Next time you visit Starbucks, keep an eye out for some local items. Stores around Washington, D.C., have been stocked with sweet potato cakes from a local bakery called Delectable Cakery.
The recent offerings are part of a partnership between the coffee giant and the Maryland bakery. Starting on July 4, 283 Starbucks stores from Baltimore to Front Royal, Virginia, began offering three versions of Delectable Cakery's "DC Sweet Potato Cake" -- a cupcake, a sliced Bundt cake and a sliced loaf cake.
— DelectableCakery LLC (@DCSweetPotato) June 30, 2015
The DC Sweet Potato Cake is Delectable Cakery’s signature item, said founder and Chief Executive Officer Derek Lowery. "It's a family recipe that was passed down to me," Lowery said, noting the cake is made with all-natural ingredients and real sweet potatoes.
Lowery has been in business for about 17 years, he said, and is in the process of moving from Maryland to Washington, D.C., proper. Delectable Cakery sells a full line of cakes and pies, including a chocolate sweet potato cake, a red velvet sweet potato cake and a sweet potato pie. The bakery also has partnerships with Nordstrom, HoneyBaked Hams and Wegman’s in the Washington area.
From selling the DC Sweet Potato Cake at Nordstorm’s Café, Lowery and his business partner April Richardson knew the cake paired well with coffee. After Starbucks responded to an email pitching the cake, Richardson was unsure how to ship the cake to Seattle, she told the Washington Post.
Instead, she flew to the Starbucks headquarters in Seattle to personally deliver the cake earlier this year. Respecting Richardson's moxy, Mesh Gelman, Starbuck's senior vice president of brand retail partnerships, was intrigued. The next day, when she presented the cake to Starbucks executives, they were sold.
After initial tests in Georgetown and Capitol Hill locations, the offering spread to 15 Washington Starbucks before the full rollout.
"The response has been great," Lowery said. "The cake sold extremely well."
Select New York City Starbucks also have a local flair -- stuffed bagels from Bantam Bagels. The company, which appeared on ABC’s "Shark Tank," has one location in Manhattan’s West Village and also sells online and through QVC.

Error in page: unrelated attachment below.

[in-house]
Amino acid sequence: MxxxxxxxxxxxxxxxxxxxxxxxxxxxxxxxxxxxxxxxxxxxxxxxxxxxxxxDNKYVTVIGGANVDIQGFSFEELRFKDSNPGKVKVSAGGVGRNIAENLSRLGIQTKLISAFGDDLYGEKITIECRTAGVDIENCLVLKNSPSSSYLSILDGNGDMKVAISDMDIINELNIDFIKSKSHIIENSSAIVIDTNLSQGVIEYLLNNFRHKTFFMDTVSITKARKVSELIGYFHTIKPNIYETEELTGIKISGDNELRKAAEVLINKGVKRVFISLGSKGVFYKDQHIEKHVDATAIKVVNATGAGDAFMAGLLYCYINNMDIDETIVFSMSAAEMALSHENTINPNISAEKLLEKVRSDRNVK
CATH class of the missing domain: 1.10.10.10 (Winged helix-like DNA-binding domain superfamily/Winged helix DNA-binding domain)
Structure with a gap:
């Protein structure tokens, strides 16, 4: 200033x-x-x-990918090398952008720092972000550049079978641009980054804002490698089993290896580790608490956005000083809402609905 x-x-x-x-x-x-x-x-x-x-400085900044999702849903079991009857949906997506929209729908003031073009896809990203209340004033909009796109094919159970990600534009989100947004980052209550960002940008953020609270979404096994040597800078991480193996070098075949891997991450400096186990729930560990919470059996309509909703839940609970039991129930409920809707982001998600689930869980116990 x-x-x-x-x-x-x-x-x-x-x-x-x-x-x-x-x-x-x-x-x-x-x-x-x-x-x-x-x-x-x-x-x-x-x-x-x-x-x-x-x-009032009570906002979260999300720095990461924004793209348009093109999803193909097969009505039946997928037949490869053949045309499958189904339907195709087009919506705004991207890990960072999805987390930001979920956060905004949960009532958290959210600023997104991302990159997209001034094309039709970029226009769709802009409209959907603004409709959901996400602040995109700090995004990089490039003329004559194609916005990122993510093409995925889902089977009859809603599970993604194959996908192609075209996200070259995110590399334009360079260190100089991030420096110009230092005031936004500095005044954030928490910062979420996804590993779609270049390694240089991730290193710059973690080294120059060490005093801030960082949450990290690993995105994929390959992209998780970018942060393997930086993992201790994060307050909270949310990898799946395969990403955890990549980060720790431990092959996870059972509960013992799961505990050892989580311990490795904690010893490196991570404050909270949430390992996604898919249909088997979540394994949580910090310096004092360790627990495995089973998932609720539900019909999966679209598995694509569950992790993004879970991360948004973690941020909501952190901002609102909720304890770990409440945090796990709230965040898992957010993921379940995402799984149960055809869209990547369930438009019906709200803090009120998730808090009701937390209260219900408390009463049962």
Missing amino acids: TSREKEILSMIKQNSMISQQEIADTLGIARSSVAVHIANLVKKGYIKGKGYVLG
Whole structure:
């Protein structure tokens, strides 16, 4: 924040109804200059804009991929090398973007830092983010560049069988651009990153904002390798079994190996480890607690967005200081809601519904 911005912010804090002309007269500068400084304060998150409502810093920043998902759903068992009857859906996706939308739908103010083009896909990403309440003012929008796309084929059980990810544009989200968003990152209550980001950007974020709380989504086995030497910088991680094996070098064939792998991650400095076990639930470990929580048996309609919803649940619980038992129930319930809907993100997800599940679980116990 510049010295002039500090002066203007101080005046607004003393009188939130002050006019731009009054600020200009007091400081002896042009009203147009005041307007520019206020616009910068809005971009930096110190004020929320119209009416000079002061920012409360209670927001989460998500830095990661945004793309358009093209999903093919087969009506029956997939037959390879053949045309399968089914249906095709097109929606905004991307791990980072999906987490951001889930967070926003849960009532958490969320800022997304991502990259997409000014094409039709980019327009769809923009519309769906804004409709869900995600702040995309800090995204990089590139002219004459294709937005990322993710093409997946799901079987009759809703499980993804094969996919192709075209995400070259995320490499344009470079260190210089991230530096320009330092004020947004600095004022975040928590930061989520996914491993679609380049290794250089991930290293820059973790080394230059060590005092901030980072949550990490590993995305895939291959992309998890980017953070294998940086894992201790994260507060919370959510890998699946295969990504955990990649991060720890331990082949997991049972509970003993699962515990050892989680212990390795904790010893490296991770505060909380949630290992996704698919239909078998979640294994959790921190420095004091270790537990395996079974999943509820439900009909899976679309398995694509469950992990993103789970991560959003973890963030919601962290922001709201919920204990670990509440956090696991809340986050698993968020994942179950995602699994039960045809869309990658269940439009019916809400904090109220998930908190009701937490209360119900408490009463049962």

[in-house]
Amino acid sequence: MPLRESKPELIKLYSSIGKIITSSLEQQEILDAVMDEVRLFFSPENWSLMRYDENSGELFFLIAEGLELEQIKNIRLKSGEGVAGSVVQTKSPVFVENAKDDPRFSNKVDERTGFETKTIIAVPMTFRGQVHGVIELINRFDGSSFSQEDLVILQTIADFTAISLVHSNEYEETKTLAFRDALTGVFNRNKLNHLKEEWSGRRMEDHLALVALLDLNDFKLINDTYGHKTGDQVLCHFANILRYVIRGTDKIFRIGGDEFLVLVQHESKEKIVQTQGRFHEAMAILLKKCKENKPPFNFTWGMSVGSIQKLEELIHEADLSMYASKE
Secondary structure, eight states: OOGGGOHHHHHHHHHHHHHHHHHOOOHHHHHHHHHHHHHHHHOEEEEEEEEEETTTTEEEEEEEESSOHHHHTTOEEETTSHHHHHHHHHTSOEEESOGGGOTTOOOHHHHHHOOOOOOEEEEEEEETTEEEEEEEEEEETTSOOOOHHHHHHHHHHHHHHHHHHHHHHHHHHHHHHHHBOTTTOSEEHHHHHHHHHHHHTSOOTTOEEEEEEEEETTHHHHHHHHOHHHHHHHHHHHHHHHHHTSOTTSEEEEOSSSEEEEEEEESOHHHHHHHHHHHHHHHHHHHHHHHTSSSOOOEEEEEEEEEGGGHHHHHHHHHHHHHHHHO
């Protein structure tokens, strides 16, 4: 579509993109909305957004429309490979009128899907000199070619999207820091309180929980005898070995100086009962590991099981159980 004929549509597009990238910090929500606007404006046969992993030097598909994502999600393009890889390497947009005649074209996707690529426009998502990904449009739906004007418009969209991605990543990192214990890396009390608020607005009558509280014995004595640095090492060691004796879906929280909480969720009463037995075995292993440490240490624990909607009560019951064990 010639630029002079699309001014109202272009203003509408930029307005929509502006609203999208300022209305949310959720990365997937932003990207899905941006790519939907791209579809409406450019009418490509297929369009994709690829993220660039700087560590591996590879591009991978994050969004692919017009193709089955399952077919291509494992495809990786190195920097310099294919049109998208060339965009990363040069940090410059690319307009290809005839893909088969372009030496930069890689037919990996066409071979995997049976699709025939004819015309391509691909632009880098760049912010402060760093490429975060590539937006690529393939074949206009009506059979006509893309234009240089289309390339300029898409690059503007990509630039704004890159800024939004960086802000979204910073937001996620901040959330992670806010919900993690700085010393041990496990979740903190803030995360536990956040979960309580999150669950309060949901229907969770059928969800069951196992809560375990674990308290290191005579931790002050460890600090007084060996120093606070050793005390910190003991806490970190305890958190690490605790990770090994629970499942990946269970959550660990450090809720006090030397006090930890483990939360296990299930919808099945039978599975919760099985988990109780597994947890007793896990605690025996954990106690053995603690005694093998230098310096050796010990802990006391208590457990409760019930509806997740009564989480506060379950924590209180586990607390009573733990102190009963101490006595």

— Bantam Bagels (@bantambagels) June 29, 2015
Aligning with Starbucks provides several benefits for small businesses, said Terri Lonier, executive director of the Coleman Entrepreneurship Center at DePaul University in Chicago. Such partnerships help to align a small business with the Starbucks global brand and also "introduces their brand to a much larger audience than it could otherwise," Lonier said in an interview with International Business Times.
"What's in it for Starbucks is that they get to establish their corporate goodwill, that they align themselves with small companies," Lonier said.
It can also act as a differentiation for a local Starbucks. “Particularly in this day and age when the local movement has so much momentum to it that it carries a cache," Lonier said. "They still have the elements of your local coffee shop.”
“The sense of place has become really important,” said Aaron Allen, founder and CEO of Aaron Allen & Associates, a global restaurant consultancy. Consumers are more interested in sourcing and where products come from and that interest has worked it way toward suppliers, according to Allen.
Starbucks, which didn't respond to multiple requests for comment, has been upping its game with regard to food offerings over the past several years. After purchasing the San Francisco-based La Boulange bakery in 2012, the chain rolled the brand out nationwide. In June, Starbucks closed the 23 stand-alone La Boulange shops, but said the brand will remain in its namesake stores.
And, earlier this month, Starbucks announced new foods and snacks, specifically targeting lunch and dinner. These new offerings include new Bistro Boxes, revamped sandwiches and a variety of candies. The chain also rolled out Cold Brew iced coffee in recent months and promoted it with a series of a hand-painted mason jars at a Los Angeles event.
The trend toward more local offerings can be seen across the restaurant industry. McDonald’s reintroduced a lobster roll in New England and rolled out a pulled pork sandwich in Indiana, according to reports earlier this month.
Some chains, such as Shake Shack and Firehouse Subs, have readily embraced the trend toward localization, Allen said, while others such as McDonald’s and YUM Brands (KFC, Taco Bell, Pizza Hut) have done so a bit begrudgingly. The local nuances help make a brand a bit more upscale and also appeal to the millennial demographic.
Customers are looking for an "anti-chain, chain," according to Allen. And while they want some level of consistency, they don’t want to pay money to a faceless chain.
"To go to the big, large, thankless chains," Allen said, "there's just something that's not quite cool about that."